All maple syrup available in the Nature Center’s Gift Shop was made from sap collected from trees here in Darke County and cooked by the staff and many volunteers of the park district in the Sugar Shack. Prices range from $8 to $10, so come out to the Nature Center gift shop on March 4th to purchase your pure maple syrup. Support the Darke County Park District and its mission of education, conservation, and preservation.

At the Maple Sugarin’ at the Prairie Festival on March 4th, The Friends of the Parks will once again be serving up a hearty breakfast of waffles, sausage, juice, coffee, and of course pure Ohio maple syrup! Breakfast will be Saturday, March 4th, from 8:00am-12:00pm. Tickets are available at the door on the day of the breakfast for only $6 for adults and $3 for kids ages 3-12, or presale is available at the Nature Center from 9am-5pm Monday through Saturday. Educational tours will also be held throughout the day.

If you have any questions about this or any other program offered by the Darke County Parks, please call the Nature Center at (937) 548-0165 or visit the website at www.darkecountyparks.org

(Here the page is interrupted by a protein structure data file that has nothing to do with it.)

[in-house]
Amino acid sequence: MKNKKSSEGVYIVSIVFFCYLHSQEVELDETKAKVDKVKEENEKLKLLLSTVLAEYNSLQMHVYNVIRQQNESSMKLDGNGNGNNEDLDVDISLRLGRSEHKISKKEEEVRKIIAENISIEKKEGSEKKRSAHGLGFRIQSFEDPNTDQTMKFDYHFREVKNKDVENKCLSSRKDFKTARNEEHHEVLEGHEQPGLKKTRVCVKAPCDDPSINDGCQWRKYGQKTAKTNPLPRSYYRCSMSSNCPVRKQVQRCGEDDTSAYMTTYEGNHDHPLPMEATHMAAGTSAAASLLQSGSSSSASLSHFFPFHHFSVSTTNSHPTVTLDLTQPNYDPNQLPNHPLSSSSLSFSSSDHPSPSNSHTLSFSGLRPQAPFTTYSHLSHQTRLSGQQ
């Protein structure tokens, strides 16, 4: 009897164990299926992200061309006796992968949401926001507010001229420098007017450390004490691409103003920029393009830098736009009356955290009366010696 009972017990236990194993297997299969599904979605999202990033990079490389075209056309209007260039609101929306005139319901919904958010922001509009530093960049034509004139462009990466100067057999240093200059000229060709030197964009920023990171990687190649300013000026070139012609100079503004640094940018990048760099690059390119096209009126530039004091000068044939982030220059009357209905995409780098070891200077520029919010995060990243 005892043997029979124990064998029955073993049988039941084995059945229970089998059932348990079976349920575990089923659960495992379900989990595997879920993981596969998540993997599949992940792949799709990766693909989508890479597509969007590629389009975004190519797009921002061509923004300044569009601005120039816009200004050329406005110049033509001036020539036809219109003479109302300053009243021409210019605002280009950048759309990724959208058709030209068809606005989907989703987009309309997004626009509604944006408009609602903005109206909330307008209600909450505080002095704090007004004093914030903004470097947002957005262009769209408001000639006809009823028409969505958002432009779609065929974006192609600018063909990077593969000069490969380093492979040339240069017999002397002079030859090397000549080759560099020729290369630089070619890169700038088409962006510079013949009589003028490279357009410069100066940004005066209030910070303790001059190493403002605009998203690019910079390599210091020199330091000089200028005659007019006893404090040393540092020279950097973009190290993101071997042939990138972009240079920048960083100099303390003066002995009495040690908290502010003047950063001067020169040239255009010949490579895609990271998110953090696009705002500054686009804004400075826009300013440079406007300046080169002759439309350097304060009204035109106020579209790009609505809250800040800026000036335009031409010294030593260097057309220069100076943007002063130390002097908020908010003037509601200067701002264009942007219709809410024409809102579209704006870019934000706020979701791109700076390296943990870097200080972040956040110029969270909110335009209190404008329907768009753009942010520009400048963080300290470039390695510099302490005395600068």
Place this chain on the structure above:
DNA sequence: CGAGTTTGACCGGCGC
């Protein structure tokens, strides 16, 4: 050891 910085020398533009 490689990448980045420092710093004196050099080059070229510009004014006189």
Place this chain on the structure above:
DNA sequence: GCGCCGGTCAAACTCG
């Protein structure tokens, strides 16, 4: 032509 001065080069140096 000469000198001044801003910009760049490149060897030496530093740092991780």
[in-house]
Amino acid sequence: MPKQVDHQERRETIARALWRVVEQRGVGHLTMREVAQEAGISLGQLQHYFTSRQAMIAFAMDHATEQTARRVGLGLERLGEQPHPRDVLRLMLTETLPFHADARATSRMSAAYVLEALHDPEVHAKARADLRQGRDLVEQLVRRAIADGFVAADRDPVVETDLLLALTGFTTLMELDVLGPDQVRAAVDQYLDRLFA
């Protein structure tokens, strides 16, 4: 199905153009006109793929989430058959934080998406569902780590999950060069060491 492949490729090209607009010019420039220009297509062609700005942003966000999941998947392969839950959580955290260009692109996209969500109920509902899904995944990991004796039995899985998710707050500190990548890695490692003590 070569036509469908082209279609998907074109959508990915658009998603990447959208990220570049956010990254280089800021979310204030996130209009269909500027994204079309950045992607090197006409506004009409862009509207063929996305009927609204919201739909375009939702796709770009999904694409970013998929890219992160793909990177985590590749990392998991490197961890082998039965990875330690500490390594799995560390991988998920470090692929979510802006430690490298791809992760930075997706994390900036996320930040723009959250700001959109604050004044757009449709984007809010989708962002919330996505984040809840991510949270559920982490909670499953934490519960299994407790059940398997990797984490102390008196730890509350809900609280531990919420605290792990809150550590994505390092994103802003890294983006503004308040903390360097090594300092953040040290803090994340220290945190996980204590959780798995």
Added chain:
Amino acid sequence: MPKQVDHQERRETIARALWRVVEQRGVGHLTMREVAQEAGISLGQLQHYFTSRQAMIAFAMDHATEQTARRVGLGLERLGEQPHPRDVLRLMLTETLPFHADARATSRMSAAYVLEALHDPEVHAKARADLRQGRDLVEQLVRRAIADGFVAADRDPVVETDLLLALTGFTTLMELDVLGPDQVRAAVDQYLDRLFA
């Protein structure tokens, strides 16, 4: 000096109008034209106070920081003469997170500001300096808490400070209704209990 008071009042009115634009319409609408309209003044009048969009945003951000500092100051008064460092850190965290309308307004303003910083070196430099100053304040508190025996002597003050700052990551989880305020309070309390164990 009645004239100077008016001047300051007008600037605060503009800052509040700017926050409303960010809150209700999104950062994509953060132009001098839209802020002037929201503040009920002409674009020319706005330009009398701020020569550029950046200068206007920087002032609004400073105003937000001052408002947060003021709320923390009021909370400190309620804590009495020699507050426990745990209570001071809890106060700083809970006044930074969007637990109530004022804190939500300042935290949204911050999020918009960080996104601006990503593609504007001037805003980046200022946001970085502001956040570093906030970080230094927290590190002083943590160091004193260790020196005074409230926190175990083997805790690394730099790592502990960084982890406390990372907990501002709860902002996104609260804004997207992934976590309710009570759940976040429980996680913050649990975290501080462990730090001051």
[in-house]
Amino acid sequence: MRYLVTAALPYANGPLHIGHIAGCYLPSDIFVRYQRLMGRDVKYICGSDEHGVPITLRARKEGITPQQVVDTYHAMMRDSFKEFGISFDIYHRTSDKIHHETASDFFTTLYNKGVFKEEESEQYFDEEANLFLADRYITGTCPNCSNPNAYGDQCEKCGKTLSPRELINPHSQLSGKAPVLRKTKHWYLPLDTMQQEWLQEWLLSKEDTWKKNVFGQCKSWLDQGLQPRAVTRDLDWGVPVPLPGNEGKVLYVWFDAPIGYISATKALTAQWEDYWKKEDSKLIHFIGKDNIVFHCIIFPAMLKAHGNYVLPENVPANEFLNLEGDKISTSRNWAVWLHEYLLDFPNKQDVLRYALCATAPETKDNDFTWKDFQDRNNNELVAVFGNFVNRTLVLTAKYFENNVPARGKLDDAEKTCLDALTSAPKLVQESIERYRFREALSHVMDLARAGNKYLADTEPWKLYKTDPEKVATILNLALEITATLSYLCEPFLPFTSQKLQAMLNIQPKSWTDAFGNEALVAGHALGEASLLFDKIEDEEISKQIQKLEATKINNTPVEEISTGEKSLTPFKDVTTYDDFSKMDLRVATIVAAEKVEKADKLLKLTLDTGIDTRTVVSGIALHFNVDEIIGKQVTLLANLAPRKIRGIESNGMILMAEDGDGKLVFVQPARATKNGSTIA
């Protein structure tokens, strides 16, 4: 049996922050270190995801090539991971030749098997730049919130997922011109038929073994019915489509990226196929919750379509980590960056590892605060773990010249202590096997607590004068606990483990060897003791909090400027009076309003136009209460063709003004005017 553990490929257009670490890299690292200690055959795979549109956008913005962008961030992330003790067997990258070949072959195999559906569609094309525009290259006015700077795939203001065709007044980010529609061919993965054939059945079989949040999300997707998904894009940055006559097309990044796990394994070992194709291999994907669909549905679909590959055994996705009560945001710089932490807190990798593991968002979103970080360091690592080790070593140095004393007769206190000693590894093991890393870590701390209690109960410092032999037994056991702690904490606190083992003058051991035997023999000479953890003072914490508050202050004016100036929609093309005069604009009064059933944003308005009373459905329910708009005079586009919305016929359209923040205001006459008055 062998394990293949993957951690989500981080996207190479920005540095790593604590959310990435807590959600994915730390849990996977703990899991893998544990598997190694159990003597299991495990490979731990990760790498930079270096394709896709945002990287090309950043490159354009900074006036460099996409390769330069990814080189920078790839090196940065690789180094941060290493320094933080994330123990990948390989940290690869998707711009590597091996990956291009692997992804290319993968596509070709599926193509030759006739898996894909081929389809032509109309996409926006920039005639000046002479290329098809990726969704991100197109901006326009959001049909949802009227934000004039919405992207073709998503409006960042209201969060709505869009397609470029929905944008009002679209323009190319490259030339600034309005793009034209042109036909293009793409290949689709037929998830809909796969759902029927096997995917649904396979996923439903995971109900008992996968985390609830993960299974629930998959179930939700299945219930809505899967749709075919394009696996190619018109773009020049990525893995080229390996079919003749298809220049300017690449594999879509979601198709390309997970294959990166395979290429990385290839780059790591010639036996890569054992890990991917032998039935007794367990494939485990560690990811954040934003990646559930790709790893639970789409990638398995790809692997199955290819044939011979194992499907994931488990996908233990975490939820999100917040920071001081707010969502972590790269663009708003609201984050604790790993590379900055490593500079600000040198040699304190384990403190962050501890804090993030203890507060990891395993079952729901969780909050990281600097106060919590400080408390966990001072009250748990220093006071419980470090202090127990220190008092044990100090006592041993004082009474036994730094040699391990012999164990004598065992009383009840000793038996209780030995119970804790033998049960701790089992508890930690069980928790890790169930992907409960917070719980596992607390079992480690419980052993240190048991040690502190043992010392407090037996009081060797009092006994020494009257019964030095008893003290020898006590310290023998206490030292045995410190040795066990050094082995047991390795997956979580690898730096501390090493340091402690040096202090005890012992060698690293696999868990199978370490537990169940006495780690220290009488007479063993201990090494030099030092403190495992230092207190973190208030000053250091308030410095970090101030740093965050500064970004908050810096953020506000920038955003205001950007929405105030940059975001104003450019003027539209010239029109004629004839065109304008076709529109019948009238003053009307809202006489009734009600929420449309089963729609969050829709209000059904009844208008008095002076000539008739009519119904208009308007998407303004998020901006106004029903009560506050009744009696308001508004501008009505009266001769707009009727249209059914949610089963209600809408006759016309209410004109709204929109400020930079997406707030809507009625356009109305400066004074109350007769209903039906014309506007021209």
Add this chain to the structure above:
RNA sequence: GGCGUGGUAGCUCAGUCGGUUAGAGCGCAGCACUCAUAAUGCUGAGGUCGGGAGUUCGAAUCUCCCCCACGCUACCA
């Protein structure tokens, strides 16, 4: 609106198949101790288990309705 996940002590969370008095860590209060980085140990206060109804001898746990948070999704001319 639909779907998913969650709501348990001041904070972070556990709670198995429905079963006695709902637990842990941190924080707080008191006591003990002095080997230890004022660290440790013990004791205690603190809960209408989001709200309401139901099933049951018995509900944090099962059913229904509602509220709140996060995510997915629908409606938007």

Did you know? Raw sap is 98% water and only 2% sugar.

Funding Available for Darke County Parks Field Trips

Through the generous support of the Harry D. Stephens Memorial Fund, the Friends of Darke County Parks have created a repository of field trip funding for the schools and teachers who need it. Many times teachers would like to schedule field trips to the park but are unable to find the funding for transportation costs. This program hopes to alleviate that problem, so more students can benefit from the wide variety of natural and cultural history programs offered by the naturalists at Darke County Parks.